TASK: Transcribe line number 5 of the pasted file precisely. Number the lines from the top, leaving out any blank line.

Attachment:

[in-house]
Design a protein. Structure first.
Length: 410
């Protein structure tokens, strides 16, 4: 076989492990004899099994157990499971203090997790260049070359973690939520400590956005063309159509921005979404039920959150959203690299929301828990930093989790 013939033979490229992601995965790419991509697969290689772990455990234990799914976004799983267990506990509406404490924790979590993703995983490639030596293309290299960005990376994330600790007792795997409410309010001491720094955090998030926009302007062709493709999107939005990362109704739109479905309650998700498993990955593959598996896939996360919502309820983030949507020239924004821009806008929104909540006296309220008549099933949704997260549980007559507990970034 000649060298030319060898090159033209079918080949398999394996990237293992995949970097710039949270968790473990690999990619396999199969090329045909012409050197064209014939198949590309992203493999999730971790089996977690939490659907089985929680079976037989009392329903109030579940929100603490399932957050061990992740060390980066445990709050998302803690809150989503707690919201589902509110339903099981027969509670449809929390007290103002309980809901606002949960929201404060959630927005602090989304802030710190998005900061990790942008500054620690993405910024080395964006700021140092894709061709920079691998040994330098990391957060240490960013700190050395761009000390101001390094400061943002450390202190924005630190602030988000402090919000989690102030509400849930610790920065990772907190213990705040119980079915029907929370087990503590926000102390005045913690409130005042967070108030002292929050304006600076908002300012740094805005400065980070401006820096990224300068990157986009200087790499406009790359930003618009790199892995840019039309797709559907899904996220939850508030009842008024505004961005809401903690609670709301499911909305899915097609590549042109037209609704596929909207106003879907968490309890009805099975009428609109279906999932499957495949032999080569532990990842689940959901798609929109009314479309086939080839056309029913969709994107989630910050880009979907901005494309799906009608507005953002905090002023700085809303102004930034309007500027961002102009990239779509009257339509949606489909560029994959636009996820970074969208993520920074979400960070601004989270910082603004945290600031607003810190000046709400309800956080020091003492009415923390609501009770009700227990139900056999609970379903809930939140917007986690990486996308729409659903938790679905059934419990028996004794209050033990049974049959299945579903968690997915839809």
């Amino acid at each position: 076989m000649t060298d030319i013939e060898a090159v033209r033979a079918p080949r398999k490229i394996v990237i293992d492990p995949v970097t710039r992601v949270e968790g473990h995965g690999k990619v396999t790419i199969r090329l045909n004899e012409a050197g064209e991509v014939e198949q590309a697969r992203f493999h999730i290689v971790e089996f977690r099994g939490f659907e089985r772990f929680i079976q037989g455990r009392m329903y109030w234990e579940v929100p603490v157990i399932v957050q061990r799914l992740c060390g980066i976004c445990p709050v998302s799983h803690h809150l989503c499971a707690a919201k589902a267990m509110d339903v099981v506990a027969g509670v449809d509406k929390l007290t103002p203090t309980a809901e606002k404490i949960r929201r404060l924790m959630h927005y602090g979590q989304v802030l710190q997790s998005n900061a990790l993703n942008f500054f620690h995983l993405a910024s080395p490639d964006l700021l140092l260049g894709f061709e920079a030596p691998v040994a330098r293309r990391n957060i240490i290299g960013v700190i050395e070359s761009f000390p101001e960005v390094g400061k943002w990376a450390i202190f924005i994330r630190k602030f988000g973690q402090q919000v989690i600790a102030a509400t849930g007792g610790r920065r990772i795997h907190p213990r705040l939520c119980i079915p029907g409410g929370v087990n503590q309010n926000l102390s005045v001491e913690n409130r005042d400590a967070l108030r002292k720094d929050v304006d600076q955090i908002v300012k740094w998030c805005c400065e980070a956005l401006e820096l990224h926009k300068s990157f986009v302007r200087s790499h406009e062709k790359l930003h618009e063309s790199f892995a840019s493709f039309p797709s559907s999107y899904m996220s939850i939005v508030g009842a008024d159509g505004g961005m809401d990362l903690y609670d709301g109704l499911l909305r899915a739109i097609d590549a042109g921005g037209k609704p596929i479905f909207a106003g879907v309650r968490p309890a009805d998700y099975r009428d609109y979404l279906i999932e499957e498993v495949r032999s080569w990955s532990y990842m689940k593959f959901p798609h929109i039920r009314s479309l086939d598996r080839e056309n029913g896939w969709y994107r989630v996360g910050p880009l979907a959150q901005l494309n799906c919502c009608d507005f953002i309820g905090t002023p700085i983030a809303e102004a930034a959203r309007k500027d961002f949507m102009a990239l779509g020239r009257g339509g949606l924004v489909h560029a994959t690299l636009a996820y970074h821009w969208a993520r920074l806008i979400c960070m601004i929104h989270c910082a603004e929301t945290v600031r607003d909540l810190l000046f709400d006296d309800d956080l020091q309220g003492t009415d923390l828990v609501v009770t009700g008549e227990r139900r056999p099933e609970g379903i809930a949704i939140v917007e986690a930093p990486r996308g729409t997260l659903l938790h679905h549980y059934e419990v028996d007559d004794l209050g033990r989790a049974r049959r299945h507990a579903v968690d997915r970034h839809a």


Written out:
């Amino acid at each position: 076989m000649t060298d030319i013939e060898a090159v033209r033979a079918p080949r398999k490229i394996v990237i293992d492990p995949v970097t710039r992601v949270e968790g473990h995965g690999k990619v396999t790419i199969r090329l045909n004899e012409a050197g064209e991509v014939e198949q590309a697969r992203f493999h999730i290689v971790e089996f977690r099994g939490f659907e089985r772990f929680i079976q037989g455990r009392m329903y109030w234990e579940v929100p603490v157990i399932v957050q061990r799914l992740c060390g980066i976004c445990p709050v998302s799983h803690h809150l989503c499971a707690a919201k589902a267990m509110d339903v099981v506990a027969g509670v449809d509406k929390l007290t103002p203090t309980a809901e606002k404490i949960r929201r404060l924790m959630h927005y602090g979590q989304v802030l710190q997790s998005n900061a990790l993703n942008f500054f620690h995983l993405a910024s080395p490639d964006l700021l140092l260049g894709f061709e920079a030596p691998v040994a330098r293309r990391n957060i240490i290299g960013v700190i050395e070359s761009f000390p101001e960005v390094g400061k943002w990376a450390i202190f924005i994330r630190k602030f988000g973690q402090q919000v989690i600790a102030a509400t849930g007792g610790r920065r990772i795997h907190p213990r705040l939520c119980i079915p029907g409410g929370v087990n503590q309010n926000l102390s005045v001491e913690n409130r005042d400590a967070l108030r002292k720094d929050v304006d600076q955090i908002v300012k740094w998030c805005c400065e980070a956005l401006e820096l990224h926009k300068s990157f986009v302007r200087s790499h406009e062709k790359l930003h618009e063309s790199f892995a840019s493709f039309p797709s559907s999107y899904m996220s939850i939005v508030g009842a008024d159509g505004g961005m809401d990362l903690y609670d709301g109704l499911l909305r899915a739109i097609d590549a042109g921005g037209k609704p596929i479905f909207a106003g879907v309650r968490p309890a009805d998700y099975r009428d609109y979404l279906i999932e499957e498993v495949r032999s080569w990955s532990y990842m689940k593959f959901p798609h929109i039920r009314s479309l086939d598996r080839e056309n029913g896939w969709y994107r989630v996360g910050p880009l979907a959150q901005l494309n799906c919502c009608d507005f953002i309820g905090t002023p700085i983030a809303e102004a930034a959203r309007k500027d961002f949507m102009a990239l779509g020239r009257g339509g949606l924004v489909h560029a994959t690299l636009a996820y970074h821009w969208a993520r920074l806008i979400c960070m601004i929104h989270c910082a603004e929301t945290v600031r607003d909540l810190l000046f709400d006296d309800d956080l020091q309220g003492t009415d923390l828990v609501v009770t009700g008549e227990r139900r056999p099933e609970g379903i809930a949704i939140v917007e986690a930093p990486r996308g729409t997260l659903l938790h679905h549980y059934e419990v028996d007559d004794l209050g033990r989790a049974r049959r299945h507990a579903v968690d997915r970034h839809a």